NAB’s World on Two Pages – October 2021
We have revised our global economic forecasts lower – to 5.9% for 2021. For Australia, a very sharp fall in activity in Q3 is locked in however we continue to expect a solid rebound in Q4 , and strong growth continuing into early 2022.
We have revised our global economic forecasts lower – to 5.9% for 2021 (6.0% previously) and to 4.5% for 2022 (4.6% previously). That said, we expect quarterly growth in Q3 to be similar to that of Q2, helped by India where activity has recovered as COVID-19 countermeasures have eased. The downward revisions to the outlook are in part driven by the persistence of supply bottlenecks in the global economy; most recently this includes energy shortages and spikes in energy prices, which have led to production cuts, including in China. Higher energy prices will also weigh on consumers’ spending power. At this stage it is unclear how long these shortages will persist. Supply bottlenecks, along with shortages of key inputs and rising commodity prices, have contributed to inflationary pressures. Concerns over China’s property market have put downwards pressure on global equity markets and iron ore prices.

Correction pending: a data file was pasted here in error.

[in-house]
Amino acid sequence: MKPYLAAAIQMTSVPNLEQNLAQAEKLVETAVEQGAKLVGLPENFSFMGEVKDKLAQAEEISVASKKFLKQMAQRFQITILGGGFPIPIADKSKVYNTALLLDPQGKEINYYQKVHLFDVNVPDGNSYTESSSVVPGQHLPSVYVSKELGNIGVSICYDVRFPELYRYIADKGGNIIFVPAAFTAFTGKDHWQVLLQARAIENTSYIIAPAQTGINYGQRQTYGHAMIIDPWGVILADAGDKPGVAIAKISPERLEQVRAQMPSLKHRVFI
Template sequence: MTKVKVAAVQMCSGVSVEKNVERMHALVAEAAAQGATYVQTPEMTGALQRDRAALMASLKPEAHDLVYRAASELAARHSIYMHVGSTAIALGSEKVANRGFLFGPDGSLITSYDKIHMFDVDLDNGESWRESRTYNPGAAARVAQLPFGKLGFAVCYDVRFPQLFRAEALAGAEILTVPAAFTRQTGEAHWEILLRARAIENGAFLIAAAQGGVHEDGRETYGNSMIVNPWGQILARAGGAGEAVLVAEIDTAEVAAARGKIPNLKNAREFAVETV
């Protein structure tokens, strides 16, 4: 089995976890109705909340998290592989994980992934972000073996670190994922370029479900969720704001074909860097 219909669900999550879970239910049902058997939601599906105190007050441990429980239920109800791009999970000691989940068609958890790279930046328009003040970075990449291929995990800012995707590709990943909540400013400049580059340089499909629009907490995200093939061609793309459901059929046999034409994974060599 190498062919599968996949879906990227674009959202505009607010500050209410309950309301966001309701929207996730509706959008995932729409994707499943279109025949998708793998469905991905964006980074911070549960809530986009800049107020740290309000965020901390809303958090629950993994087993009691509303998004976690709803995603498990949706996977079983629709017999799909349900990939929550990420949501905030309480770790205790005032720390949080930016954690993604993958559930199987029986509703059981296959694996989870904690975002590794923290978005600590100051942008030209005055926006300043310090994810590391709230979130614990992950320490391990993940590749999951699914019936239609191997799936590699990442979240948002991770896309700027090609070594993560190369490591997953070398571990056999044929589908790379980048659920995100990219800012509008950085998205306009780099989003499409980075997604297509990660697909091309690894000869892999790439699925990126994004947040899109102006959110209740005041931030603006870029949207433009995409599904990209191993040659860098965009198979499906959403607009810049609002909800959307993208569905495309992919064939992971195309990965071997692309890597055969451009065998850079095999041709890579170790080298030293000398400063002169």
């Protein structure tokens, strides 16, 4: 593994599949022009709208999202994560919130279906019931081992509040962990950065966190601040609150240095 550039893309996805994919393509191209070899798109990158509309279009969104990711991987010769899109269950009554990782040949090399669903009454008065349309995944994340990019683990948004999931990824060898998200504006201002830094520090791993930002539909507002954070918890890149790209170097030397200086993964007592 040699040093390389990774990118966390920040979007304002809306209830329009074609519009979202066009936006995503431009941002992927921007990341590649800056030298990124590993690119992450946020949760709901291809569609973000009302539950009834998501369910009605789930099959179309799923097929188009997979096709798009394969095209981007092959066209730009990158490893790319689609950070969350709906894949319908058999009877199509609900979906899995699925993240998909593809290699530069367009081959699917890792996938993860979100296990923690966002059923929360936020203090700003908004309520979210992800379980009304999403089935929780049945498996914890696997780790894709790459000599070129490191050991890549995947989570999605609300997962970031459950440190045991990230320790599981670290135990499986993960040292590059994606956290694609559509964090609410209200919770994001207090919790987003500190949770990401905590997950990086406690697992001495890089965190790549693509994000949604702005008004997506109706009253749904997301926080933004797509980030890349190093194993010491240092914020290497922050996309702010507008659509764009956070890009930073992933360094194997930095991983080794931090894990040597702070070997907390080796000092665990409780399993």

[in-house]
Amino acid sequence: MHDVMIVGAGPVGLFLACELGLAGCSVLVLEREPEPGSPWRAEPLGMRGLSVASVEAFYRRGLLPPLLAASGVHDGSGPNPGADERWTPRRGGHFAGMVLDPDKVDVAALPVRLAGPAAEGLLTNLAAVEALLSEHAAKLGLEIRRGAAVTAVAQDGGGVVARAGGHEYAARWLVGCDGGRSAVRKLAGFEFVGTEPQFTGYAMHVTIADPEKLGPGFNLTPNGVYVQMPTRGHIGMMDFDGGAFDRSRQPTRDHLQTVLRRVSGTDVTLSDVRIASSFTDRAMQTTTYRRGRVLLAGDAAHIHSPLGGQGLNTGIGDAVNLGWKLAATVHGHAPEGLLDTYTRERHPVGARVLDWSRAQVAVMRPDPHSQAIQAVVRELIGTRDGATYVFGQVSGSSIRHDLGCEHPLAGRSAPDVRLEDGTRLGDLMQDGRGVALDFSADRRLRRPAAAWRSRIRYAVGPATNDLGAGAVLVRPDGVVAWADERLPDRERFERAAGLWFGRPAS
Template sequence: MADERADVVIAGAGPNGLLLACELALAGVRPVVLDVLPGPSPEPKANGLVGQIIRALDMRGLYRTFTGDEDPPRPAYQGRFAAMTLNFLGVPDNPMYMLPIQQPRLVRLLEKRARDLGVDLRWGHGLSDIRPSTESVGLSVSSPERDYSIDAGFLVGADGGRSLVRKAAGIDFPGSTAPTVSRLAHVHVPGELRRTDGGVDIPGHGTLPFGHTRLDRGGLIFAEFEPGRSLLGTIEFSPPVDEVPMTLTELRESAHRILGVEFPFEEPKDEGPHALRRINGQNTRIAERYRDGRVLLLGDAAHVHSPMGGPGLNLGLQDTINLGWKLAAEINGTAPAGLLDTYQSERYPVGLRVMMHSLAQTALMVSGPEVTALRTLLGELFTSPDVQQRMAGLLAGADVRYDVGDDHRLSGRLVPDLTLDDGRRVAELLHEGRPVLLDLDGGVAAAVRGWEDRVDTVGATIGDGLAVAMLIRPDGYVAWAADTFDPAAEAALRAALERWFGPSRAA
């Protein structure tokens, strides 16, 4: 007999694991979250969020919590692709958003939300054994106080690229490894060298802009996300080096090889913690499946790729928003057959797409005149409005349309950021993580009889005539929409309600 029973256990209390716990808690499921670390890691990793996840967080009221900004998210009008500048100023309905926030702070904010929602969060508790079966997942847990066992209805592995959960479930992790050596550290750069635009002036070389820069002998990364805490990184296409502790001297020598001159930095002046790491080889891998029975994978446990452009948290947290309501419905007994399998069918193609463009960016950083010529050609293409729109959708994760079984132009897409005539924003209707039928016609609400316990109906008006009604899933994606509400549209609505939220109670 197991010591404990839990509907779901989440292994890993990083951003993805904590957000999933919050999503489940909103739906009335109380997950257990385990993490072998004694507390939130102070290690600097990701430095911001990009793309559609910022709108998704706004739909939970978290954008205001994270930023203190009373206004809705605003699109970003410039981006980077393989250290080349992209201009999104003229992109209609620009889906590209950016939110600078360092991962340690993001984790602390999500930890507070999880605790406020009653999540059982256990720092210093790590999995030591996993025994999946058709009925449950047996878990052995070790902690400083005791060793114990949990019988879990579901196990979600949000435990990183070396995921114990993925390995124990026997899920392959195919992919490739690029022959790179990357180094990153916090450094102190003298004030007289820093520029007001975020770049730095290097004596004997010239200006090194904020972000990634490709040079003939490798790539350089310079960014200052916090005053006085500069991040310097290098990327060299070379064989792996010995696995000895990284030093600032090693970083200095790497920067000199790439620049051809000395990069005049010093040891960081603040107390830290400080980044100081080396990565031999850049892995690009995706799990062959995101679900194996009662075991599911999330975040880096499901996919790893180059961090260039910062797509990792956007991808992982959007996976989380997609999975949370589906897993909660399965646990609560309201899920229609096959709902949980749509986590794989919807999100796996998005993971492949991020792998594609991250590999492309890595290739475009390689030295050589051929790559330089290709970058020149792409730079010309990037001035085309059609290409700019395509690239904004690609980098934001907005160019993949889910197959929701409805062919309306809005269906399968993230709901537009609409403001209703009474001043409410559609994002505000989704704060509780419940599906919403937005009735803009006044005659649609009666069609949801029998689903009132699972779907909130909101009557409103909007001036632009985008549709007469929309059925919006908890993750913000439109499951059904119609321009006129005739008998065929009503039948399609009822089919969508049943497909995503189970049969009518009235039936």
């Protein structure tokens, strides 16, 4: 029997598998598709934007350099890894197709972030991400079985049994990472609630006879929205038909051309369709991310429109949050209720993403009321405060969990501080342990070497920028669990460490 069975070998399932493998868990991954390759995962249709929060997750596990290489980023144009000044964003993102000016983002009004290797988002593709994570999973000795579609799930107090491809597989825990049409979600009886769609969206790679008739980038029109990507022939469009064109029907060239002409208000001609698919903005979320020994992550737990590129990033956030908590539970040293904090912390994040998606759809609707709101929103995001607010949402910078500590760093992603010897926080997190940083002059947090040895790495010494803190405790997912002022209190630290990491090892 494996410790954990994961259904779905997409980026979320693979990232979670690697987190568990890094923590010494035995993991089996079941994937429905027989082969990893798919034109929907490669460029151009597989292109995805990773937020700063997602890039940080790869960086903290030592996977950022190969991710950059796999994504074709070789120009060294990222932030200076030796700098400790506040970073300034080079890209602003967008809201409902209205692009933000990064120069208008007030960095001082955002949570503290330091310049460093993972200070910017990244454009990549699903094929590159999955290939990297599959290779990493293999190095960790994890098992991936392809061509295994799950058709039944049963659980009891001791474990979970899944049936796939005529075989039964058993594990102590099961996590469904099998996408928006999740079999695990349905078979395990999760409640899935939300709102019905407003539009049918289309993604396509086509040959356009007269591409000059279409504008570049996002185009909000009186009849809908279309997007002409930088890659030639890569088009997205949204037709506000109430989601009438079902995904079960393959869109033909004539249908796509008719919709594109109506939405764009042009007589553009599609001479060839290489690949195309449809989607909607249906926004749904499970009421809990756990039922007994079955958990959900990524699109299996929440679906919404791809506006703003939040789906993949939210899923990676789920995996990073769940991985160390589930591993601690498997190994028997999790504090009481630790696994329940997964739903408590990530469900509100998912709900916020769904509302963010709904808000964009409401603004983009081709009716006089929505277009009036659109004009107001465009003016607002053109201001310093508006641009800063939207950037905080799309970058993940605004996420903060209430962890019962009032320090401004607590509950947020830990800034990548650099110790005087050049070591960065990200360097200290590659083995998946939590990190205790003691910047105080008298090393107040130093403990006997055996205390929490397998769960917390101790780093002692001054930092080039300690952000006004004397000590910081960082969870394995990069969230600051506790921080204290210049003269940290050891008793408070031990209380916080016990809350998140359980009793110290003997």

For Australia, a very sharp fall in activity in Q3 is locked in – we expect a fall of around 3.5% – concentrated in NSW and Victoria which were in lockdown for most of the quarter. We continue to expect a solid rebound in Q4 with both states on track to reopen early-to-mid quarter, and strong growth continuing into early 2022 such that the Q2 2021 level of GDP is recovered by Q2 2022. That sees through-the-year growth of just 0.8% this year, before a solid 4.3% rebound in 2022 and normalisation to around 2.0% in 2023. In the near-term, the unemployment rate may drift higher but will likely be a less reliable indicator with large fluctuations in both employment and labour force participation. We expect the labour market to resume its prior trajectory with unemployment declining to around 4.5% in 2022 and 4.0% In 2023. Still, we see a more gradual pickup in inflation due to the soft starting point for wage growth and lag in the pass through to consumer prices. Therefore, we continue to see rates on hold until 2024. However, the recovery will see the RBA taper bond purchases at a more aggressive pace after the next review in Feb-22. Risks remain primarily related to the pace of reopening, as well as the impacts of potential new macro-prudential policies.
Find out more in NAB’s World On Two Pages (October 2021)